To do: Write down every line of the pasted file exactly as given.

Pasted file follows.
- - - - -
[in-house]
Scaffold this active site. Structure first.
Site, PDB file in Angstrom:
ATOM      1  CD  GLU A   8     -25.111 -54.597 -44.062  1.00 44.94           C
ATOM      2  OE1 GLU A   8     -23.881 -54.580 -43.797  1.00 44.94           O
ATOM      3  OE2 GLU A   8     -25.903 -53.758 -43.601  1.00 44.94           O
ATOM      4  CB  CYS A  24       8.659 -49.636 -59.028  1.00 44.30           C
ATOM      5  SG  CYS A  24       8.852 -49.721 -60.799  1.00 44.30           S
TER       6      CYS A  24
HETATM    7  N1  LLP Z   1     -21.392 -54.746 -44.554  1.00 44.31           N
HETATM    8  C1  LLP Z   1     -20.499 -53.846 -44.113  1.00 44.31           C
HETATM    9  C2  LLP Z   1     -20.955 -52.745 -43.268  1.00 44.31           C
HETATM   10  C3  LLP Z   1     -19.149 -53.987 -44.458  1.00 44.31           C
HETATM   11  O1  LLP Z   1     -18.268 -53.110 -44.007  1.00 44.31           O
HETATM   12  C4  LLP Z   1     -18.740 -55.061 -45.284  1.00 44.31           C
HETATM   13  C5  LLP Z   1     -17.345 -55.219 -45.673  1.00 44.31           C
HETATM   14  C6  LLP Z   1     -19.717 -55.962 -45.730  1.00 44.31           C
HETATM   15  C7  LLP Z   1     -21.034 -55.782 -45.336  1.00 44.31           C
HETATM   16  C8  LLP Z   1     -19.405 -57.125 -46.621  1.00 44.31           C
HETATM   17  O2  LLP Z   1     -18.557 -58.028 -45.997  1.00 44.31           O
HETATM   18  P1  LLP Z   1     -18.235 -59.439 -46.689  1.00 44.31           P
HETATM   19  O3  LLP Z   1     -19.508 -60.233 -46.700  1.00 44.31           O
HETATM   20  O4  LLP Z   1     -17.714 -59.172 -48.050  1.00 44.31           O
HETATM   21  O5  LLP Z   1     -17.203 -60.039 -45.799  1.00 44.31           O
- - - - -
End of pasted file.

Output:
[in-house]
Scaffold this active site. Structure first.
Site, PDB file in Angstrom:
ATOM      1  CD  GLU A   8     -25.111 -54.597 -44.062  1.00 44.94           C
ATOM      2  OE1 GLU A   8     -23.881 -54.580 -43.797  1.00 44.94           O
ATOM      3  OE2 GLU A   8     -25.903 -53.758 -43.601  1.00 44.94           O
ATOM      4  CB  CYS A  24       8.659 -49.636 -59.028  1.00 44.30           C
ATOM      5  SG  CYS A  24       8.852 -49.721 -60.799  1.00 44.30           S
TER       6      CYS A  24
HETATM    7  N1  LLP Z   1     -21.392 -54.746 -44.554  1.00 44.31           N
HETATM    8  C1  LLP Z   1     -20.499 -53.846 -44.113  1.00 44.31           C
HETATM    9  C2  LLP Z   1     -20.955 -52.745 -43.268  1.00 44.31           C
HETATM   10  C3  LLP Z   1     -19.149 -53.987 -44.458  1.00 44.31           C
HETATM   11  O1  LLP Z   1     -18.268 -53.110 -44.007  1.00 44.31           O
HETATM   12  C4  LLP Z   1     -18.740 -55.061 -45.284  1.00 44.31           C
HETATM   13  C5  LLP Z   1     -17.345 -55.219 -45.673  1.00 44.31           C
HETATM   14  C6  LLP Z   1     -19.717 -55.962 -45.730  1.00 44.31           C
HETATM   15  C7  LLP Z   1     -21.034 -55.782 -45.336  1.00 44.31           C
HETATM   16  C8  LLP Z   1     -19.405 -57.125 -46.621  1.00 44.31           C
HETATM   17  O2  LLP Z   1     -18.557 -58.028 -45.997  1.00 44.31           O
HETATM   18  P1  LLP Z   1     -18.235 -59.439 -46.689  1.00 44.31           P
HETATM   19  O3  LLP Z   1     -19.508 -60.233 -46.700  1.00 44.31           O
HETATM   20  O4  LLP Z   1     -17.714 -59.172 -48.050  1.00 44.31           O
HETATM   21  O5  LLP Z   1     -17.203 -60.039 -45.799  1.00 44.31           O